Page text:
Sergei Shoigu-2024?: Putin may have decided on a successor – the only one he could choose

Konstantin Eggert,
MBE, Independent Journalist,

Vladimir Putin is at the apex of his power – or is he? After he effectively changed the constitution in a sham plebiscite last year he can stay in the Kremlin until 2036, effectively making him Russia’s longest serving ruler since the creation of the Russian Empire in 1721. According to the Levada Center polls, he still commands ( 64 percent approval rating, though it is incomparable to the public adulation he enjoyed in  2014, in the wake of the annexation of Crimea. He is in firm control of the security forces, most of the media and vast bureaucracy. Since the jailing of Alexei Navalny in January this year Putin practically eliminated all political opposition. The Russian regime’s international isolation since 2014 has been significant but the Kremlin more or less adapted to it.

However Putin has looming problems. Against the backdrop of gradually but constantly decreasing incomes his great power rhetoric and anti-Western stances – once Putin’s biggest assets in the eyes of the public – are losing attraction fast. Another Levada Center poll ( in September showed that two thirds of Russians agree with the proposition that ‘Russia should be a country with high living standards even of that means it will not be a leading world power’ – and absolute record. At the same time positive attitude towards the West is surging dramatically ( against the background of growing negativity towards the Russian regime’s main ally – China. This coincides with another indicator: half of the population supports a Soviet-style state-controlled, centrally planned economic system. This may seem a paradox but in fact it isn’t: huge income disparity and social inequality breed people’s desire to have a system that will redistribute wealth. Social and economic upheavals of COVID-19 pandemic contributed to the trend. Aggressive rhetoric and confrontational foreign policy are no longer as popular as before. At the same time the regime cannot deliver not only an economic miracle but even a relatively steady growth. In such circumstances it is difficult to imagine how Putin will justify a decision to go for ‘re-election’ – a de facto reappointment – to the presidency in 2024, when his present term expires.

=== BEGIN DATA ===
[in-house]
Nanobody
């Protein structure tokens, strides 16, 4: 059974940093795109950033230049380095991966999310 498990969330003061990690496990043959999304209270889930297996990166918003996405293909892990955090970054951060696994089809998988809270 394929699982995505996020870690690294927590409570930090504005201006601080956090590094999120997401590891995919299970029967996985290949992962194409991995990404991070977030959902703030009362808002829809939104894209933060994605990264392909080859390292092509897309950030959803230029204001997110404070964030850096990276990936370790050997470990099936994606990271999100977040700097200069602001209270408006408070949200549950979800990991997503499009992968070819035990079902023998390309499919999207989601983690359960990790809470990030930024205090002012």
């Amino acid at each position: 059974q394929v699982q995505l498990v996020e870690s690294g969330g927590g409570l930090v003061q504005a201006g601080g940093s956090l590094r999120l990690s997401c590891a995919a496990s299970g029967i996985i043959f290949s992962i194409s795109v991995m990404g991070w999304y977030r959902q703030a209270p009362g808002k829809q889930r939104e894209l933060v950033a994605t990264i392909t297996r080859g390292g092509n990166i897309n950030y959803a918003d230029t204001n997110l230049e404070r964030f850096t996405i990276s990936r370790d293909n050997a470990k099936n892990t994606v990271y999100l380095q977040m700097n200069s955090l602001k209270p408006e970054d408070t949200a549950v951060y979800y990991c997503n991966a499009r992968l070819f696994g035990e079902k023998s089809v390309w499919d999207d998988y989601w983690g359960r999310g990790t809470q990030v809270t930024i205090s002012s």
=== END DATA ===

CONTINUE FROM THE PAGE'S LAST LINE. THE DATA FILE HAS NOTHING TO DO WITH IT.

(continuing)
Despite the image of resoluteness and strength Putin, 69, is a notoriously risk averse politician. Unwilling to confront a public opinion he cannot placate or change he may be looking for a successor to relieve him of the burden. Or at least he wants the Russians and the world to believe he does. Enter Sergei Shoigu, 66. In the last few months the defence minister had a series of carefully orchestrated and massively publicised state media opportunities which showcased his exceptional closeness with Putin. He was filmed trekking in with Putin and made pronouncements on a range of topics well beyond his official responsibilities, including on strategy to develop Siberia. This increasingly looks like an attempt to prepare Shoigu as someone who may take over from Putin in 2024.